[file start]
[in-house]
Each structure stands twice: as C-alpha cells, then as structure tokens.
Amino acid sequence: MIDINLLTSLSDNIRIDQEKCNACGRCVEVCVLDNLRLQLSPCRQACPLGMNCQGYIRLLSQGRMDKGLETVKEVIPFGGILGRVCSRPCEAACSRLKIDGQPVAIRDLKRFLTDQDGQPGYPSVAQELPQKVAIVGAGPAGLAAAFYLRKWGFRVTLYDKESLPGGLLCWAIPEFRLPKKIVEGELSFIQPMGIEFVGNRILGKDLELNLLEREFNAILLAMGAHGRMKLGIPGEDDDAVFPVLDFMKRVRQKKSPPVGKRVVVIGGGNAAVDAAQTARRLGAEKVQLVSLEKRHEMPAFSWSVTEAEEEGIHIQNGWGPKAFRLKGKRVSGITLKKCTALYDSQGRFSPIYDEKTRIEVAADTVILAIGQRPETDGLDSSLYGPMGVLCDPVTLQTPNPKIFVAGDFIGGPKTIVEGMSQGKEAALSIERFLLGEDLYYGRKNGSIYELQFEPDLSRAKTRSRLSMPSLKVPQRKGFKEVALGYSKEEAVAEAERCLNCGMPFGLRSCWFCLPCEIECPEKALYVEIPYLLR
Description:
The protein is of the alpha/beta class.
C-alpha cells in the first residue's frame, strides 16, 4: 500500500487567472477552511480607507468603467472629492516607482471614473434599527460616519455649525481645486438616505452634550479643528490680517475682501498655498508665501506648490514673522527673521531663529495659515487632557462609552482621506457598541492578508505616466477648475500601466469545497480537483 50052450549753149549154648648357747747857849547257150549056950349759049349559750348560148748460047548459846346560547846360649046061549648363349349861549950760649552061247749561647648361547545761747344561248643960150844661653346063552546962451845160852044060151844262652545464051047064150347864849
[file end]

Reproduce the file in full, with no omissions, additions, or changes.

[in-house]
Each structure stands twice: as C-alpha cells, then as structure tokens.
Amino acid sequence: MIDINLLTSLSDNIRIDQEKCNACGRCVEVCVLDNLRLQLSPCRQACPLGMNCQGYIRLLSQGRMDKGLETVKEVIPFGGILGRVCSRPCEAACSRLKIDGQPVAIRDLKRFLTDQDGQPGYPSVAQELPQKVAIVGAGPAGLAAAFYLRKWGFRVTLYDKESLPGGLLCWAIPEFRLPKKIVEGELSFIQPMGIEFVGNRILGKDLELNLLEREFNAILLAMGAHGRMKLGIPGEDDDAVFPVLDFMKRVRQKKSPPVGKRVVVIGGGNAAVDAAQTARRLGAEKVQLVSLEKRHEMPAFSWSVTEAEEEGIHIQNGWGPKAFRLKGKRVSGITLKKCTALYDSQGRFSPIYDEKTRIEVAADTVILAIGQRPETDGLDSSLYGPMGVLCDPVTLQTPNPKIFVAGDFIGGPKTIVEGMSQGKEAALSIERFLLGEDLYYGRKNGSIYELQFEPDLSRAKTRSRLSMPSLKVPQRKGFKEVALGYSKEEAVAEAERCLNCGMPFGLRSCWFCLPCEIECPEKALYVEIPYLLR
Description:
The protein is of the alpha/beta class.
C-alpha cells in the first residue's frame, strides 16, 4: 500500500487567472477552511480607507468603467472629492516607482471614473434599527460616519455649525481645486438616505452634550479643528490680517475682501498655498508665501506648490514673522527673521531663529495659515487632557462609552482621506457598541492578508505616466477648475500601466469545497480537483 50052450549753149549154648648357747747857849547257150549056950349759049349559750348560148748460047548459846346560547846360649046061549648363349349861549950760649552061247749561647648361547545761747344561248643960150844661653346063552546962451845160852044060151844262652545464051047064150347864849